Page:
Friday’s season opener in Arizona was a mixed bag for the Giants, and in particular, Tim Lincecum.

The Diamondbacks jumped on Lincecum for two homers and three runs in the first inning. But then the Freak settled in to strike out five over the next four scoreless innings.

But a leadoff double by Justin Upton set the stage for the decisive sixth inning, which turned on an error by Buster Posey.

After Miguel Montero’s loud fly out to right sent Upton to third and Paul Goldschmidt walked, Jason Kubel had a swinging bunt in front of the plate. Posey went to pounce the bouncer but failed to field it cleanly, and Kubel was able to beat the throw to first.

Ryan Roberts followed a two-run double into the left-field corner that proved to be the game-winner.

If Posey fields Kubel’s nubber, it could have changed how Lincecum approaches Roberts with two outs and first base open.

Instead, the Giants were two down heading into the ninth and could only manage one run off closer JJ Putz on Pablo Sandoval’s two-out double.

OTHER HIGHLIGHTS

  • Trying to put a good spin on a loss, the Giants did manage 11 hits and 4 runs. In the game, they hit .297 as a team. But a few hits were good-luck knocks. Aubrey Huff was off-balance when he reached across the plate and pulled a soft looper into right field for a single. Pablo Sandoval turned an emergency hack into an infield single to third. And Ryan Theriot got an infield single off the glove of pitcher Ian Kennedy.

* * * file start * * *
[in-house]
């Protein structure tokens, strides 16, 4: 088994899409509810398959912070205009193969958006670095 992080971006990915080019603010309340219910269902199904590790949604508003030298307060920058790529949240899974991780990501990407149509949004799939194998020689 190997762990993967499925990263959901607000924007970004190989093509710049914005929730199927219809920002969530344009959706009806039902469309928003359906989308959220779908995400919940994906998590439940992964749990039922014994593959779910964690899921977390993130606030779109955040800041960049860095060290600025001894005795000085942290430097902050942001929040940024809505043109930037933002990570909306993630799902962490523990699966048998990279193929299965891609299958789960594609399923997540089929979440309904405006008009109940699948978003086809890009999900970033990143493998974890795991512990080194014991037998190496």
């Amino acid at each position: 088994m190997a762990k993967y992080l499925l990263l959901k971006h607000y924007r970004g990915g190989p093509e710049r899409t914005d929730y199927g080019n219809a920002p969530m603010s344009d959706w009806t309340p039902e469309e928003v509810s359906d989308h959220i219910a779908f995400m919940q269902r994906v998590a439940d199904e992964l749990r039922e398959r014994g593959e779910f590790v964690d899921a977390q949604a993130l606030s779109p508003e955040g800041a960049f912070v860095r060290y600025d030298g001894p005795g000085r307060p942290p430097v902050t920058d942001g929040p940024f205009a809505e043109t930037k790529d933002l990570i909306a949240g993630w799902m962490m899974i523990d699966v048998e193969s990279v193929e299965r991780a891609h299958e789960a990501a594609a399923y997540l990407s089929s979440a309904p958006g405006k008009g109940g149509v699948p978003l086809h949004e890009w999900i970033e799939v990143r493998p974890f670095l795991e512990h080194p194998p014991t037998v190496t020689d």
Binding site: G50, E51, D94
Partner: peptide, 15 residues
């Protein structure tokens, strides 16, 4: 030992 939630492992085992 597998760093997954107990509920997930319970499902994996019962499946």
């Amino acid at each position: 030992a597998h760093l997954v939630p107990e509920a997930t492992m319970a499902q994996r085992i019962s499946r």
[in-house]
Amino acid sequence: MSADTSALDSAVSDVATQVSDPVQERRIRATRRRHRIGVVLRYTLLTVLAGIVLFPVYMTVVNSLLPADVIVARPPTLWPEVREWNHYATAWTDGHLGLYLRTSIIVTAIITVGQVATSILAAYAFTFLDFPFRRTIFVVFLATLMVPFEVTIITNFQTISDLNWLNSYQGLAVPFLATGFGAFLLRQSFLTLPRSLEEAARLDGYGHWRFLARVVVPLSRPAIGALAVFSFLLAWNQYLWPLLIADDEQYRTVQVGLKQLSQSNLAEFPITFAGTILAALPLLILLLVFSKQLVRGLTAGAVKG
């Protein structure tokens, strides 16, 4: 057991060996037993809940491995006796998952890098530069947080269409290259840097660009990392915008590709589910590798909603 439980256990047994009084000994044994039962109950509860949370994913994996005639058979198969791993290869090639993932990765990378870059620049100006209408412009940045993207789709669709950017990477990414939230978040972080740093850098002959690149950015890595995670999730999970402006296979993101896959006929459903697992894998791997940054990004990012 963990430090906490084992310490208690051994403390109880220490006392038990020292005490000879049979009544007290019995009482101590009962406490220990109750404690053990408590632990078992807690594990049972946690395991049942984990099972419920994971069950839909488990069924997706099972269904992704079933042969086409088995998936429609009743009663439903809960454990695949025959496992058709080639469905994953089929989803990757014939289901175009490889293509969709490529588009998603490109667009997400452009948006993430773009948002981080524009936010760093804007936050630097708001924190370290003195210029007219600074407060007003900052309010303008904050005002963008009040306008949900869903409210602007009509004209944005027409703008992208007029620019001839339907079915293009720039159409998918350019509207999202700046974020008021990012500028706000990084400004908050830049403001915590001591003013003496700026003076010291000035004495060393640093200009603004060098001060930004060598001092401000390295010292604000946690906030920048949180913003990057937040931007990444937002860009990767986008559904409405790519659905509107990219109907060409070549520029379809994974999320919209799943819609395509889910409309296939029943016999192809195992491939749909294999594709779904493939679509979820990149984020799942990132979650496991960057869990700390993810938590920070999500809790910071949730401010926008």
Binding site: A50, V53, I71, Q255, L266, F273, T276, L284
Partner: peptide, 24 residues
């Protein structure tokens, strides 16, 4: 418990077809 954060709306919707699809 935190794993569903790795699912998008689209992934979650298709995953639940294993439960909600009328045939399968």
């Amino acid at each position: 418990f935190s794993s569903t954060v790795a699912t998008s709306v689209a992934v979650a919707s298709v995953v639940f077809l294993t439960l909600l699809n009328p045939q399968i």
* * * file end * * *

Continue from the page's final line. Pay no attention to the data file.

• Still there were good efforts. Melky Cabrera was 2 for 5 with a two-run laser home run in the sixth. Buster Posey was 2 for 4 with a walk.
  • Ah yes, the walk. The Giants only managed two in the game. Posey’s first-inning walk when Kennedy clearly decided to go after Huff with Cabrera on second and two out. Huff acquiesced by flying out to center. The other walk was to Lincecum in the second, and Angel Pagan responded by swinging at THE FIRST PITCH from Kennedy and popping to short.
  • The bullpen was solid. Guillermo Mota, Jeremy Affledt and Clay Hensley gave up just one hit and one walk in 2 2/3 scoreless innings.

UP NEXT

Madison Bumgarner takes the mound against Daniel Hudson in a 1 p.m. game Saturday that will be televised live on Fox.

Giants notes: Freddy Sanchez to open season on DL

Well, it was hardly breaking news, but in Tuesday’s ESPN2 broadcast of the Angels-Giants game Giants manager Bruce Bochy announced that second baseman Freddy Sanchez would open the season on the disabled list.

Sanchez has been idle since receiving a cortisone shot in his troublesome shoulder on Sunday. The Giants hope Sanchez can resume light throwing by mid-week. He was getting at-bats as a DH in a minor-league game on Wednesday.